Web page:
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Minister vows to ban imports of older used cars, motorbikes

Minister vows to ban imports of older used cars, motorbikes

The import of used cars and motorbikes manufactured prior to the year 2000 will be banned in order to help preserve Cambodia’s environment, Minister of Commerce Cham Prasidh announced Monday.

The move will keep tens of thousands of used vehicles from being brought into the Kingdom.

"We must clean up the country of cheap imported vehicles that may only operate for another six months or less, after which they are turned into scrap," Prasidh said during the opening ceremony for the KT Hino Motors truck distribution office in Phnom Penh.

 

“We want certain people to stop thinking of Cambodia as the junkyard of the world,” he added.

The proposed policy, which he said he would soon submit to Prime Minister Hun Sen for approval, would ban the import of vehicles made from the 1950s to the 1990s.

The policy is part of the trade platform of the ruling Cambodian People’s Party and would be implemented once the government received a new electoral mandate in the coming elections.

The government would implemented the plan on a rolling basis, with vehicles made before 2003 banned in another three years and those made before 2005 banned two years after that.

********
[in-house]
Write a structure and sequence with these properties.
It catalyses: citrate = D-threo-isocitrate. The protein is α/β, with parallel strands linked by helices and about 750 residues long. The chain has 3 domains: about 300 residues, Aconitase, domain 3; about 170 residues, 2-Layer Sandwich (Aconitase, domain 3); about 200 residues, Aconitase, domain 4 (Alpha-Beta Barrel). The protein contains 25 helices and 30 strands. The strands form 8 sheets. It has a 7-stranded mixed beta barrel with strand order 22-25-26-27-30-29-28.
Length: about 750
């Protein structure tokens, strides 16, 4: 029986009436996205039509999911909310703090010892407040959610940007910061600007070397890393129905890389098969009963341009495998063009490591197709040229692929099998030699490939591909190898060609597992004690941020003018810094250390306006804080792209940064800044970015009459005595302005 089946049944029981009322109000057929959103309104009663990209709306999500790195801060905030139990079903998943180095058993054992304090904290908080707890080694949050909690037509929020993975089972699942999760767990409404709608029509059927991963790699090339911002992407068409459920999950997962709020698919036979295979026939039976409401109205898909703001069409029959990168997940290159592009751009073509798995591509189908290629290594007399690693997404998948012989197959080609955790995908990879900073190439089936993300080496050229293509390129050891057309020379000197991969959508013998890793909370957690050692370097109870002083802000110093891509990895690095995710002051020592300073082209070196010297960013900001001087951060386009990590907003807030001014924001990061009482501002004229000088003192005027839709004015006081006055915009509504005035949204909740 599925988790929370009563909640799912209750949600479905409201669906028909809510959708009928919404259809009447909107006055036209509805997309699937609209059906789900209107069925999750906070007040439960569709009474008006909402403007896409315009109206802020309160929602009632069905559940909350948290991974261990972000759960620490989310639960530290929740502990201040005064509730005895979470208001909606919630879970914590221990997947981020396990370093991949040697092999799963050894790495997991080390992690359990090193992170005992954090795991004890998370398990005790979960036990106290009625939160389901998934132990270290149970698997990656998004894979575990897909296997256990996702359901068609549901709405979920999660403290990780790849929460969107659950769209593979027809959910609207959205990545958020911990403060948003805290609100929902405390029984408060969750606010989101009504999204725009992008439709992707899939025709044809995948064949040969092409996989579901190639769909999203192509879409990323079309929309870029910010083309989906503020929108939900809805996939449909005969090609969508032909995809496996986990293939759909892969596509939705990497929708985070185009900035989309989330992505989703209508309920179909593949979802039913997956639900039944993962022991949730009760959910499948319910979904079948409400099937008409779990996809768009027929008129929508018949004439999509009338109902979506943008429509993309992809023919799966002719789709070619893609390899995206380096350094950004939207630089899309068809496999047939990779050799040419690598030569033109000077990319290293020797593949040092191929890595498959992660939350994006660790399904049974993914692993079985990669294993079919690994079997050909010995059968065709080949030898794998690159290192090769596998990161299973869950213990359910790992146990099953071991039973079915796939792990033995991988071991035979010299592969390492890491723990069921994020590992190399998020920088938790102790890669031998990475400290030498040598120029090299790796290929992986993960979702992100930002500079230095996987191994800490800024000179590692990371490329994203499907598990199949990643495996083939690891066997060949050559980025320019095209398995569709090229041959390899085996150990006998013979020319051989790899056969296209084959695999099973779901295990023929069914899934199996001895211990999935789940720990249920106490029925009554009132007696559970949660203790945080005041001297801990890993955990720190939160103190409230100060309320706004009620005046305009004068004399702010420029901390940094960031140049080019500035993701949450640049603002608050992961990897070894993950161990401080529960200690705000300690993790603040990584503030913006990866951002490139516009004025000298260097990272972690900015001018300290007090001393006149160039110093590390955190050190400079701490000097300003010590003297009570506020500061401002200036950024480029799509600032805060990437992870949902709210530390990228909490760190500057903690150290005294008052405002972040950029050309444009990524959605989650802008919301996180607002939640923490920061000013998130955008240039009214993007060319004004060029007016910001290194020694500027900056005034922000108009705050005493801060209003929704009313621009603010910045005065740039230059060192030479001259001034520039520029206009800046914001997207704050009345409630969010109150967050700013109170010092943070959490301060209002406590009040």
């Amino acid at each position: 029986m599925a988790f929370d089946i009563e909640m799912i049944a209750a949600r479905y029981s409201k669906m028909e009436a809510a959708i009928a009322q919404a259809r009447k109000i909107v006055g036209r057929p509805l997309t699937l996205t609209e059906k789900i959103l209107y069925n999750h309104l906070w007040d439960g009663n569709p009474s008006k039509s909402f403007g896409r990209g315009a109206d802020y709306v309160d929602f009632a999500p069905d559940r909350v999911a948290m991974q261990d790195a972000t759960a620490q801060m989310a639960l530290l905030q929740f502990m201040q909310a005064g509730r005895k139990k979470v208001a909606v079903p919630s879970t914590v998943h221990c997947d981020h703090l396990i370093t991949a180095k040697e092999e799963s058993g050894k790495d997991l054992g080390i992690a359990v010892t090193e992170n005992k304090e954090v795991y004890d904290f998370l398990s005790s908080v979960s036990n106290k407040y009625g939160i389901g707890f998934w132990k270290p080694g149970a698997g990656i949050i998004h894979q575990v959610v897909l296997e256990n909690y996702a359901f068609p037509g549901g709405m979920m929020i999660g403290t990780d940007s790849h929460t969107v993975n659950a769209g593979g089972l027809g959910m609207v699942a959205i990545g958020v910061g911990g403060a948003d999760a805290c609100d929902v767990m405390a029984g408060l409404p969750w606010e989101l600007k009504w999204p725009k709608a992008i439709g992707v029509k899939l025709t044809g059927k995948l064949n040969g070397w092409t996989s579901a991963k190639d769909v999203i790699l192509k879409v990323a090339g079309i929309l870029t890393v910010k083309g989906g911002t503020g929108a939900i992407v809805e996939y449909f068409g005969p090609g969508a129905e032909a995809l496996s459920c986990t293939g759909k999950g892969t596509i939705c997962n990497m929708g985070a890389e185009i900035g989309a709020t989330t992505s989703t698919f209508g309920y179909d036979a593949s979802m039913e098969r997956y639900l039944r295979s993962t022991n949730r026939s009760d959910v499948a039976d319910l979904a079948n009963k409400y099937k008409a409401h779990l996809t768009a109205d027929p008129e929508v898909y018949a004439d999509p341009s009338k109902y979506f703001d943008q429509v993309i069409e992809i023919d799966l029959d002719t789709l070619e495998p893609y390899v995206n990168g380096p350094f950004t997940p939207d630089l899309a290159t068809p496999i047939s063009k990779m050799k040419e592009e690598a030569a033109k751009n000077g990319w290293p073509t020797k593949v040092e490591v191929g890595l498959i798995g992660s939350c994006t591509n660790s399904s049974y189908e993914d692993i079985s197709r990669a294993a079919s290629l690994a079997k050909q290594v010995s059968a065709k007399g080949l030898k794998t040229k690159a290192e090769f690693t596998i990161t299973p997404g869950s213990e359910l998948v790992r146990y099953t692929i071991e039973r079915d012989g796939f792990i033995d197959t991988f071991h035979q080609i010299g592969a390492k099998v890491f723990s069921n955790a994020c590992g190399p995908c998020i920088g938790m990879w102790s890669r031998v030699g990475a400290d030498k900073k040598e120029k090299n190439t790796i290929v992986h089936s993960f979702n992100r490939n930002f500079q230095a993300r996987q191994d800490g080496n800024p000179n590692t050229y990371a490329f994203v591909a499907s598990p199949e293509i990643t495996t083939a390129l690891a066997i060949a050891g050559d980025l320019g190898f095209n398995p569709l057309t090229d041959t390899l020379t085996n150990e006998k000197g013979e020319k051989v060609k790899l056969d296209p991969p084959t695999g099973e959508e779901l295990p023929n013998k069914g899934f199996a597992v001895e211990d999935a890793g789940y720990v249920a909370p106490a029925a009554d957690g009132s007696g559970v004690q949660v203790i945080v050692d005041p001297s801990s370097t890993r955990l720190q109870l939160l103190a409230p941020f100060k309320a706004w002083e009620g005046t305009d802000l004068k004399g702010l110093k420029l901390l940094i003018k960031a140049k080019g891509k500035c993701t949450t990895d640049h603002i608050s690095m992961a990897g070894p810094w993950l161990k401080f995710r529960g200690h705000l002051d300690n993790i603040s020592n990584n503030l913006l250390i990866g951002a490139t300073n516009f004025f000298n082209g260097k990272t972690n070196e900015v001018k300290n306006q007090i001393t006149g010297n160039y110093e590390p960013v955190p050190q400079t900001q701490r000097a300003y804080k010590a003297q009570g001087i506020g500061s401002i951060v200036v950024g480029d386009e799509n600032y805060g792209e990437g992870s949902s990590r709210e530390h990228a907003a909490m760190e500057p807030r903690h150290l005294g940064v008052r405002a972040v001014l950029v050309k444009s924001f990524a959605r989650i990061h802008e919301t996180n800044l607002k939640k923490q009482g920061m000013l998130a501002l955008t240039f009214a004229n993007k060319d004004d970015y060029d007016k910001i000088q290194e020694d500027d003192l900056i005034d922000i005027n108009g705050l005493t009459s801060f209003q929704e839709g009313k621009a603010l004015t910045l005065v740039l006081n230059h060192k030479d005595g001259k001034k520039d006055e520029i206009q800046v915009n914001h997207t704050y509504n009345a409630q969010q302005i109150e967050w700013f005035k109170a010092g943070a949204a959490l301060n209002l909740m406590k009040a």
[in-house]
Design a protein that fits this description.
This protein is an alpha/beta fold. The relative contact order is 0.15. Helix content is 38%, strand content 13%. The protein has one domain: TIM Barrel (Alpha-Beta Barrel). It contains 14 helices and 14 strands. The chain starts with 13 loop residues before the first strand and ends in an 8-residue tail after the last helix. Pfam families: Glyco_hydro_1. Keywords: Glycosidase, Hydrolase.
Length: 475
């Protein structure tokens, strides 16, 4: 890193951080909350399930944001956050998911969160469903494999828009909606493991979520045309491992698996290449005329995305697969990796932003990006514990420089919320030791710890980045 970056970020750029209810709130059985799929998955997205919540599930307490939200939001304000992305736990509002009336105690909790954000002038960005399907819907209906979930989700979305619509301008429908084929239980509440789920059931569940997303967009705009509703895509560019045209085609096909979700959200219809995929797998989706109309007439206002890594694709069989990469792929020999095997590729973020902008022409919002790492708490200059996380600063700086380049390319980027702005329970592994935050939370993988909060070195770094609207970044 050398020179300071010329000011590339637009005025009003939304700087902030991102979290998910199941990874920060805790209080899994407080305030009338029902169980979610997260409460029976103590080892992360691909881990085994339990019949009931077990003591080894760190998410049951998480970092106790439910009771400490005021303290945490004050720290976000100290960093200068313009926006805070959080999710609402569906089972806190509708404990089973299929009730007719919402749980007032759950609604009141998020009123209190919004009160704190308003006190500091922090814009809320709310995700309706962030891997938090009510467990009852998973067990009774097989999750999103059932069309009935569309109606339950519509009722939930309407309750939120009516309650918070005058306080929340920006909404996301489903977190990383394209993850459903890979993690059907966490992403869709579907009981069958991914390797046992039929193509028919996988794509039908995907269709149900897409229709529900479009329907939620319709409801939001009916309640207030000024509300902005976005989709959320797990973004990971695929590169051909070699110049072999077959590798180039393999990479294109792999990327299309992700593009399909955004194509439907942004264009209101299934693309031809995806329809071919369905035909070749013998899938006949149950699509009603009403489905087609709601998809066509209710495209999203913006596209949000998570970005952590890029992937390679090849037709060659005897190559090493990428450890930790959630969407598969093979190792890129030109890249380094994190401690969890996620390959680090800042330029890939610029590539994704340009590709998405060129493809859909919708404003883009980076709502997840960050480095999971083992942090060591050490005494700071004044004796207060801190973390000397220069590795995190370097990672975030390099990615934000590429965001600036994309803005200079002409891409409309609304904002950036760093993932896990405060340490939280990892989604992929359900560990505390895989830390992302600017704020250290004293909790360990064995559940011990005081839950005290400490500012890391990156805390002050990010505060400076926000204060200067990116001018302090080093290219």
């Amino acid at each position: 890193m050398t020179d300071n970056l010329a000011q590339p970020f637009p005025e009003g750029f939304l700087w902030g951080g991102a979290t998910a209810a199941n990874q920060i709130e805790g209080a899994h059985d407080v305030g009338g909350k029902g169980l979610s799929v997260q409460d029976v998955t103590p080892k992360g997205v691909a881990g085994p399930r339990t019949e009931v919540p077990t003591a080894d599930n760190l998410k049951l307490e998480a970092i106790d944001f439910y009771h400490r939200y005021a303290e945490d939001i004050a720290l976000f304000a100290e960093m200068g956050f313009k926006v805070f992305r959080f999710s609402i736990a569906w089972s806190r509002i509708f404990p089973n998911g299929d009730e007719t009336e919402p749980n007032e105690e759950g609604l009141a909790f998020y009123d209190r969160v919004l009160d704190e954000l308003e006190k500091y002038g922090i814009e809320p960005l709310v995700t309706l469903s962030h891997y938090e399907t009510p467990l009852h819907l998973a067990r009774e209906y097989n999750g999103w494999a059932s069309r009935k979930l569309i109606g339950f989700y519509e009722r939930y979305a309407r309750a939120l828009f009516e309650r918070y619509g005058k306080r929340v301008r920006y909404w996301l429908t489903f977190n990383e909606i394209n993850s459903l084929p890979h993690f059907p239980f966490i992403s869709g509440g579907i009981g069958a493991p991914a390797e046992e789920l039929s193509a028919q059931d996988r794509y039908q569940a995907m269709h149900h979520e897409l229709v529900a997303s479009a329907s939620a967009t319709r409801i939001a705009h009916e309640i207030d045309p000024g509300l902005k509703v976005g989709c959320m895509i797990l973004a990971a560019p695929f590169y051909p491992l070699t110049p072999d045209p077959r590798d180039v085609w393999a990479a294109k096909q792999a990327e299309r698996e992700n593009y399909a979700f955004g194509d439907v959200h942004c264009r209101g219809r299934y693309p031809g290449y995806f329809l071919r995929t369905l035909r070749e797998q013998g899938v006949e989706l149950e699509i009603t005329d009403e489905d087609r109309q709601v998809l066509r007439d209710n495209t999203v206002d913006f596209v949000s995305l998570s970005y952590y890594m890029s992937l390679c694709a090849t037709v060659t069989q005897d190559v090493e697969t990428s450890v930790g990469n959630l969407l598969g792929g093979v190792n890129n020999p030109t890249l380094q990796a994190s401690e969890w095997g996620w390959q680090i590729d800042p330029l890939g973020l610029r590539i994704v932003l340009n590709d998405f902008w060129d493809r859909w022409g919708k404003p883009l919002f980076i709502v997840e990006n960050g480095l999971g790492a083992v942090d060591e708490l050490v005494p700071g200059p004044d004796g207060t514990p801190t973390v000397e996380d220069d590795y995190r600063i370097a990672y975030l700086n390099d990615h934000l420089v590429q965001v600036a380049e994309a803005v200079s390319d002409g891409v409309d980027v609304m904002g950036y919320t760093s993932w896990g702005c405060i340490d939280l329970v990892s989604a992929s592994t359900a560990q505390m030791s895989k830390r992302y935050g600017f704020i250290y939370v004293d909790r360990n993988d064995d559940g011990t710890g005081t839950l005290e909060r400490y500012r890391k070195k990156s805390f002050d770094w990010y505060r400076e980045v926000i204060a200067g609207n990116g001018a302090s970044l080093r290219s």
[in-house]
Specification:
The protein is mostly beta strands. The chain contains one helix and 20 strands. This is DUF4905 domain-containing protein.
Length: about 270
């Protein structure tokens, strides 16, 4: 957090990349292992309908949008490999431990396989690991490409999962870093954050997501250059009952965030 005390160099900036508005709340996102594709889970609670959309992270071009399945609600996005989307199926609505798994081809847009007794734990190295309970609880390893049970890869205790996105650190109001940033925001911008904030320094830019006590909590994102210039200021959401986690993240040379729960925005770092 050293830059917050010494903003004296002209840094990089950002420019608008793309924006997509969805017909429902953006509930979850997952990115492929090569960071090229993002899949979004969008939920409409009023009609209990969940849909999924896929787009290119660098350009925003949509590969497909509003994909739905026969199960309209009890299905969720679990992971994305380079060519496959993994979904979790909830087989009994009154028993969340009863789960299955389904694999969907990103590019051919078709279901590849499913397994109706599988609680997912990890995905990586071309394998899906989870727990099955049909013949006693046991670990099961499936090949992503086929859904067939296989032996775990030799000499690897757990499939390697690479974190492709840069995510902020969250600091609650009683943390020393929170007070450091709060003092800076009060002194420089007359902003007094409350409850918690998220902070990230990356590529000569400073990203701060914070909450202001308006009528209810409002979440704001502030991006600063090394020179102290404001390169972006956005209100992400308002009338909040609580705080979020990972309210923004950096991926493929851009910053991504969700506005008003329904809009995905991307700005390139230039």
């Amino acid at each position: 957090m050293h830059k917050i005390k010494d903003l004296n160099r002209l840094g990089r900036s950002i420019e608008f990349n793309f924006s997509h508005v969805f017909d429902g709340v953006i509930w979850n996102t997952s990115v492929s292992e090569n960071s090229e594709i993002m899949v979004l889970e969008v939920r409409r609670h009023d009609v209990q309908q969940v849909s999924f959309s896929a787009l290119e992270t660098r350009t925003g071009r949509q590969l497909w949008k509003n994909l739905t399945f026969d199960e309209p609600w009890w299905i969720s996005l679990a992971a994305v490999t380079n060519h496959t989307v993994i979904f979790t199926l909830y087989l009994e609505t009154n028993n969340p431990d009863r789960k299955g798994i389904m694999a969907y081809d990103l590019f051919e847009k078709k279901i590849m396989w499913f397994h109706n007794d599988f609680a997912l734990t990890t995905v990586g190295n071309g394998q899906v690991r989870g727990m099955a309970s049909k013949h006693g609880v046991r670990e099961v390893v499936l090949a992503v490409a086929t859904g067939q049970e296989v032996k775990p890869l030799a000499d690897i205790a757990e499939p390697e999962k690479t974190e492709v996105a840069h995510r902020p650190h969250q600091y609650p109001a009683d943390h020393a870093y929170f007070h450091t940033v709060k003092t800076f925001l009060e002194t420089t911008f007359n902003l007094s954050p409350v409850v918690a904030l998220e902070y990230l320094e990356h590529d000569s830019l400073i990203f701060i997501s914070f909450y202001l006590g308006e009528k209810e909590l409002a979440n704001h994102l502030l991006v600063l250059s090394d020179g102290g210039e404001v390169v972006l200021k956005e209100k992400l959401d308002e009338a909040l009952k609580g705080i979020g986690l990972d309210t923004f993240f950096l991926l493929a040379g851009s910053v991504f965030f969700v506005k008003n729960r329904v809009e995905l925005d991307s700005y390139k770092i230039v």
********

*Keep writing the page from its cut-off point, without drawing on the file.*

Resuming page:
“Now is the time that our people advance to the next level, using brand new automotive and motorbike technology,” Prasidh said.

The ministry was also considering lowering fees and customs duties on new vehicles to encourage importation, while ensuring that lower-income people had access to affordable transportation, he said.

Cambodia is home to about 200,000 automobiles and 670,000 motorbikes, most of them used, according to figures from the Ministry of Public Works and Transport.

Economist Sok Sina said there were both advantages and disadvantages to allowing the import of used vehicles, adding that most drivers could only afford second-hand products.

“New cars are very expensive, but old cars also need a lot of repair and are less fuel efficient,” Sok Sina said.

But for a less developed country like Cambodia, the appetite for affordable means of transportation had to take priority over environmental concerns, he added.

Thon Virak, deputy director general of the ministry’s Foreign Trade Department, agreed with the import ban but dismissed the idea that older vehicles were turning Cambodia into a junkyard.

He told the Post on June 16 that scrap vehicles would continue to be re-exported to other countries for recycling.

“I think scrap metal and spare parts are currently quite valuable,” he said.

Addressing the June 16 opening of the Hino Motors distribution center, Hino Motors Ltd Senior Managing Director Masakazu Ichikawa welcomed Prasidh’s proposal to protect the environment by promoting the use of new vehicles.

“Most people in Cambodia now buy used vehicles,” he said. “But we are convinced that economic development will shift demand in the Cambodian market from used trucks to new trucks.”

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